“I have two daughters who are unemployed” – Nasir el-Rufai
by Rachel Ogbu
Ex-Federal Capital Territory minister, Mallam Nasir el-Rufai, has revealed that his daughters, who both have Masters Degrees are unable to get jobs despite his connections.
On Thursday while delivering a lecture at the Sixth Annual Alao Aka-Bashorun Lecture, organised by the Nigerian Bar Association, Ikeja Branch, he lamented the spate of unemployment in the country.
“Forty-two per cent of Nigerian youths are unemployed,” he said.
“I have two daughters with Masters Degrees and they are unemployed. They have been at home for more than a year and I cannot get a job for them.
“We are sitting on a demographic time bomb and unless we have visionary leaders that are able to plan for the future, we will have a huge problem.”
According to reports, the former minister, whose lecture was entitled Impunity, Injustice and Insecurity: What Role for the Law,’ said Nigeria needed to create three million jobs yearly to tackle its employment problem instead the Nigerian government is spending N2bn daily on security.
The Punch reports:
El-Rufai queried the N100bn Amnesty Programme of the Federal Government, saying it had not solved the problem of pipeline vandalism and oil theft in the Niger Delta region.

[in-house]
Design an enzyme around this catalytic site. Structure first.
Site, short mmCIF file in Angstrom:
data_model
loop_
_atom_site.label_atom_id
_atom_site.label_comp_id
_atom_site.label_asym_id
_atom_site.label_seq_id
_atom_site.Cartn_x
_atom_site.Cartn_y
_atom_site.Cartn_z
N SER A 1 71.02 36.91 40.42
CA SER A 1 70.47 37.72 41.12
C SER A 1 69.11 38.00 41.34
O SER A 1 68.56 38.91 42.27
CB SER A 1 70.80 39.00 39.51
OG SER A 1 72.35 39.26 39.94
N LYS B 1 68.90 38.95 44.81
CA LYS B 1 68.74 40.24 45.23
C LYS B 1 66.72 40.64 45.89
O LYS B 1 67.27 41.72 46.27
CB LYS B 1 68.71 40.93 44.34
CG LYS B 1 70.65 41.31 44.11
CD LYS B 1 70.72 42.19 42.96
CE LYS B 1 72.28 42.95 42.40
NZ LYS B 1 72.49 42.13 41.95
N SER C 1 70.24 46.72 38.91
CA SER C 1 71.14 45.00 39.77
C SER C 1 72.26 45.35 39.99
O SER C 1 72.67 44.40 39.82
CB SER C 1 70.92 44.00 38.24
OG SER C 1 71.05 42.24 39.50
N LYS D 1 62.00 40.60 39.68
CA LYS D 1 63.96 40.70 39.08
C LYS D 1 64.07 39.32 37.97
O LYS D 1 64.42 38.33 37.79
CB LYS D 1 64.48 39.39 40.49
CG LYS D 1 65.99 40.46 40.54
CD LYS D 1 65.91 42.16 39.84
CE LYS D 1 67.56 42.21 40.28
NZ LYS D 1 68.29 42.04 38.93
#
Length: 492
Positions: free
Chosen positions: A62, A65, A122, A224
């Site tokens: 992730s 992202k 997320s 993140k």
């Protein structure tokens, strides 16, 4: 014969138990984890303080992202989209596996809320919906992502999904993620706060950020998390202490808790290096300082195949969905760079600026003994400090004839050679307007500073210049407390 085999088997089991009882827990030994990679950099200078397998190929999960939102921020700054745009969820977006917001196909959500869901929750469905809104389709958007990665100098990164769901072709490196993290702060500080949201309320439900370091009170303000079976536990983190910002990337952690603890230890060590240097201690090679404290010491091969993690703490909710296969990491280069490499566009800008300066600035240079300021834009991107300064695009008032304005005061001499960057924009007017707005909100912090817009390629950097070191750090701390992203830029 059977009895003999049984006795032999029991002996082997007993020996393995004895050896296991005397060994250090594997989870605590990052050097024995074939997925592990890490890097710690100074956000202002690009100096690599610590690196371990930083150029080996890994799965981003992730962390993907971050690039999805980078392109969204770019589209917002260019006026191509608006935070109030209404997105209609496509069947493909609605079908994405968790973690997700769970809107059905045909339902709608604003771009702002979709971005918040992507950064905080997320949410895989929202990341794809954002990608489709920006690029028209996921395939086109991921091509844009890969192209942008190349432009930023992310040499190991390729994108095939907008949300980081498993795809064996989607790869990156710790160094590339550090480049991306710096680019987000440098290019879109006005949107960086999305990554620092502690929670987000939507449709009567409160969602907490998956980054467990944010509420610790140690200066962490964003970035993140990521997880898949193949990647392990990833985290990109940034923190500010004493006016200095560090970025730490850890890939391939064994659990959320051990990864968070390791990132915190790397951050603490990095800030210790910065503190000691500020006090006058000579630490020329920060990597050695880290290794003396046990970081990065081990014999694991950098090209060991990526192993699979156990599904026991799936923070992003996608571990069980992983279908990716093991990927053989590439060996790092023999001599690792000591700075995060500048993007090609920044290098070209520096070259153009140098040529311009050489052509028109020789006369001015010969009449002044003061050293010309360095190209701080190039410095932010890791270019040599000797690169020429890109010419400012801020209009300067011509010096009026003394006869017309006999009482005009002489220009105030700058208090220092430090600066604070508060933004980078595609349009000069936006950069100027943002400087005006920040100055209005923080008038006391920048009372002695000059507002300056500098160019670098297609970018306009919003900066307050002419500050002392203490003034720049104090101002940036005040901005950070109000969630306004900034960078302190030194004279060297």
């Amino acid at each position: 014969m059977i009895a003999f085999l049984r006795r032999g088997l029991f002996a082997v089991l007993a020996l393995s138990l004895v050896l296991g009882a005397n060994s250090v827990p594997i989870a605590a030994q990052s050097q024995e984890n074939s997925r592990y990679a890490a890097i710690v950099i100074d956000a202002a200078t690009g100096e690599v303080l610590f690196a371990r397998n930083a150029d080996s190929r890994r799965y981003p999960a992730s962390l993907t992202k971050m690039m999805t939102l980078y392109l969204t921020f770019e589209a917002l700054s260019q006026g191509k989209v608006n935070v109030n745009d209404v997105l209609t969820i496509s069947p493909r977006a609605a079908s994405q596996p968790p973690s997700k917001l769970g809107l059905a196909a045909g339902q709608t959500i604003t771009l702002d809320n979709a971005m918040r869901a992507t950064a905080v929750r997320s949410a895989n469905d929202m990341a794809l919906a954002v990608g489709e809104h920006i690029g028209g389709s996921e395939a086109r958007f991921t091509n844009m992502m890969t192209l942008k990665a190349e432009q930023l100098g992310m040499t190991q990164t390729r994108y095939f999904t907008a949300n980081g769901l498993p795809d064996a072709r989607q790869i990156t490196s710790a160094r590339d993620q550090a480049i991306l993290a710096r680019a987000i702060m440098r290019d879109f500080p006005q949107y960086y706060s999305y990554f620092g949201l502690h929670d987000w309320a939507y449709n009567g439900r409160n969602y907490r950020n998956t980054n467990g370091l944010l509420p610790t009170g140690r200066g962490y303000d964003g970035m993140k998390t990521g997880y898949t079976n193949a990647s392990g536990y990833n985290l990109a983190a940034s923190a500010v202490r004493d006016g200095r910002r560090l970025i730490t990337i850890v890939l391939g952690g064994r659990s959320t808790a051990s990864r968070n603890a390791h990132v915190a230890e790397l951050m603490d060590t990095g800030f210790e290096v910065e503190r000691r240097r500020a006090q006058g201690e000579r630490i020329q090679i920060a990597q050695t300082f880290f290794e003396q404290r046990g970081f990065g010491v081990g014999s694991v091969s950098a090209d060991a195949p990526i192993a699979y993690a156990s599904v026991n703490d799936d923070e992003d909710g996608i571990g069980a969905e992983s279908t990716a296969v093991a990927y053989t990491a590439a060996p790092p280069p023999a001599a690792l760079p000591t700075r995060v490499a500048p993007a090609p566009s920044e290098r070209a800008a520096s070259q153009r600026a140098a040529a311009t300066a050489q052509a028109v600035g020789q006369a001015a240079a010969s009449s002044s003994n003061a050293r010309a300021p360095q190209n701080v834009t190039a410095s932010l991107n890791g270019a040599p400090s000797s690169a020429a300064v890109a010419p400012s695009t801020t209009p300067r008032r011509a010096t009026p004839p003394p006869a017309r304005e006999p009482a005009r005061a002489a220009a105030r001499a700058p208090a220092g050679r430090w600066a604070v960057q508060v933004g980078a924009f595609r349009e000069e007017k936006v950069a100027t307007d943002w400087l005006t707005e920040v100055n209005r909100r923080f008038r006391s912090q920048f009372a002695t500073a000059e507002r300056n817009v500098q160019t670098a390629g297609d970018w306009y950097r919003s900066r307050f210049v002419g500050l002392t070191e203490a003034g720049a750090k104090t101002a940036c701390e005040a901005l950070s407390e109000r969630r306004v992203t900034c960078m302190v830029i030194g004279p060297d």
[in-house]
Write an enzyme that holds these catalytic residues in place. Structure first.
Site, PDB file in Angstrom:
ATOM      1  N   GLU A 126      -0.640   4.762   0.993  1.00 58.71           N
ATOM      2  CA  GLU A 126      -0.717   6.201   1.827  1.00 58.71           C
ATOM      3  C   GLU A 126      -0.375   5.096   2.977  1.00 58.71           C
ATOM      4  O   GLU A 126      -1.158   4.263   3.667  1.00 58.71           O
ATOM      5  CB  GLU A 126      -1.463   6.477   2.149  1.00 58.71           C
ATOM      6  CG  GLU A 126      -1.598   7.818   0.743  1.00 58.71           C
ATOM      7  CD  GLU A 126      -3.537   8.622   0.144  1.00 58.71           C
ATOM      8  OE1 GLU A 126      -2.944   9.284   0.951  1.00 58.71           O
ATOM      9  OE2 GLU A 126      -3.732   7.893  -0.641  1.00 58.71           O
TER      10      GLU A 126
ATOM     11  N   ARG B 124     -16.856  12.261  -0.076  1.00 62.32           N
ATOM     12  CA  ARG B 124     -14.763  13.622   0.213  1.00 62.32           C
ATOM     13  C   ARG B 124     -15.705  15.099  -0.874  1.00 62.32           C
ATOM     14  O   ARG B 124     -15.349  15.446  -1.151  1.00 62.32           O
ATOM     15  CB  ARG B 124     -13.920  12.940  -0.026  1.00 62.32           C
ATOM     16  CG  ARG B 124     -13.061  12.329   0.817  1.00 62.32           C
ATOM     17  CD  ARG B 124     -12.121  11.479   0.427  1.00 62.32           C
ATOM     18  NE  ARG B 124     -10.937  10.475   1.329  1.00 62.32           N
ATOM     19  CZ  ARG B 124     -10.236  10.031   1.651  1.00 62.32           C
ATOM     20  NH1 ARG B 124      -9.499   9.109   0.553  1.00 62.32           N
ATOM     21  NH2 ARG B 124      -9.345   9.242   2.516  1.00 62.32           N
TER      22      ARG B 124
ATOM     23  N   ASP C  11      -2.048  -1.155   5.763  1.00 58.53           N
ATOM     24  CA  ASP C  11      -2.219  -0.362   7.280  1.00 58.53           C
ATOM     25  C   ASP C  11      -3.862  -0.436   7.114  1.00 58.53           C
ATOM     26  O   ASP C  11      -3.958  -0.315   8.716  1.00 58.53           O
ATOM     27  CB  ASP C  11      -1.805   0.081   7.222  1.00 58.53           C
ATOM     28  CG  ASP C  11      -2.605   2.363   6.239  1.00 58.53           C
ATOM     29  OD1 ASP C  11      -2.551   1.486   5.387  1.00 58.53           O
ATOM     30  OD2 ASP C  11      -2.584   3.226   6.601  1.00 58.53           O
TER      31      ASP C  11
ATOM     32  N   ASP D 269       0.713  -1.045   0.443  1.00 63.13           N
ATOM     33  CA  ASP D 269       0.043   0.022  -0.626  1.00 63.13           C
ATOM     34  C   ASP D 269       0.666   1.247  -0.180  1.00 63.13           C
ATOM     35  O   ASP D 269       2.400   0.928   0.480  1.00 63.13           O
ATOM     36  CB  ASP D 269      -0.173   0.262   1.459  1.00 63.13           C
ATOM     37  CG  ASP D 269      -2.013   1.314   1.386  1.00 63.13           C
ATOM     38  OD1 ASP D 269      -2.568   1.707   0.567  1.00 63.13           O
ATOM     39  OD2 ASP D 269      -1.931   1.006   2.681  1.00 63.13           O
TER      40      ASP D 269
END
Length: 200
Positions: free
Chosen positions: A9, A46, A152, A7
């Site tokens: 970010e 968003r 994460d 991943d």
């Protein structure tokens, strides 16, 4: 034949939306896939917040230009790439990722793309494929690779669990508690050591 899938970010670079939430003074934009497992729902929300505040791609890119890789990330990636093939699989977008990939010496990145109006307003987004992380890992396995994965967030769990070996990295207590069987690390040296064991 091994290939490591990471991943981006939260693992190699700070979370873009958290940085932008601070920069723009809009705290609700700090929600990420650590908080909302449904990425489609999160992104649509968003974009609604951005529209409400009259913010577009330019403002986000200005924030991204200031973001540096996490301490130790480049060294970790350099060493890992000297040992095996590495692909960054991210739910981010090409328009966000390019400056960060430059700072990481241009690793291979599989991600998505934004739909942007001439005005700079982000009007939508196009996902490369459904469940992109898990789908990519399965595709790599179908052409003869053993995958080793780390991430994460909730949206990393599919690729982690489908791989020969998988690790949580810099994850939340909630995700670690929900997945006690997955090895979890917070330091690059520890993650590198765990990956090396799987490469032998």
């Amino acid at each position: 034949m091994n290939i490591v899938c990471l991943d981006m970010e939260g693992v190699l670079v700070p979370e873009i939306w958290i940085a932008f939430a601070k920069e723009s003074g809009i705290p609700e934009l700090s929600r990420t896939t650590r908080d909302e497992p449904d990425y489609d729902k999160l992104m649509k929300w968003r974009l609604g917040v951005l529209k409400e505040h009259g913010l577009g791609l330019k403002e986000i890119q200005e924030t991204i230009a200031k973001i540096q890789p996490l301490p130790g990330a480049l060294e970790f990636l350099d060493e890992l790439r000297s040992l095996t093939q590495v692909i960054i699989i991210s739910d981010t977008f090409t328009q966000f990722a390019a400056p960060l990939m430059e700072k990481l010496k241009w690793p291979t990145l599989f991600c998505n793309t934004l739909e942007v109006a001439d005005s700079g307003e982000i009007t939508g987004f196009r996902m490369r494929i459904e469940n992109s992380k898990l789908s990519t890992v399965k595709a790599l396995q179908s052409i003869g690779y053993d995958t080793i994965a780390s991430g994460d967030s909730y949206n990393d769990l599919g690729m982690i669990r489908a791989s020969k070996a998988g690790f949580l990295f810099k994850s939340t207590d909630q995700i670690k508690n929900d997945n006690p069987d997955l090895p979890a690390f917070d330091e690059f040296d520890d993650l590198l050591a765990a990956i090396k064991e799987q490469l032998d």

He said, “Our oil production output is at its lowest since 2009 as a result of oil theft and closure of facilities by oil companies.
“That is why the government is borrowing more than ever and dipping into the nation’s foreign reserves.”
The former FCT minister added that granting amnesty to people who take up arms against the state would not solve the problem of insecurity in Nigeria.
“Even if you grant amnesty to Boko Haram, without addressing the fundamental issues such as lack of opportunities, poverty and social injustice, it will not solve the problem,” he said.
Also speaking at the event, Prof. Akin Oyebode, advocated life imprisonment for corrupt public officials as a way of reducing the high incidence of corruption in the country.
His lecture was entitled, ‘Corruption and Insecurity in the Society: What Role for the Law?’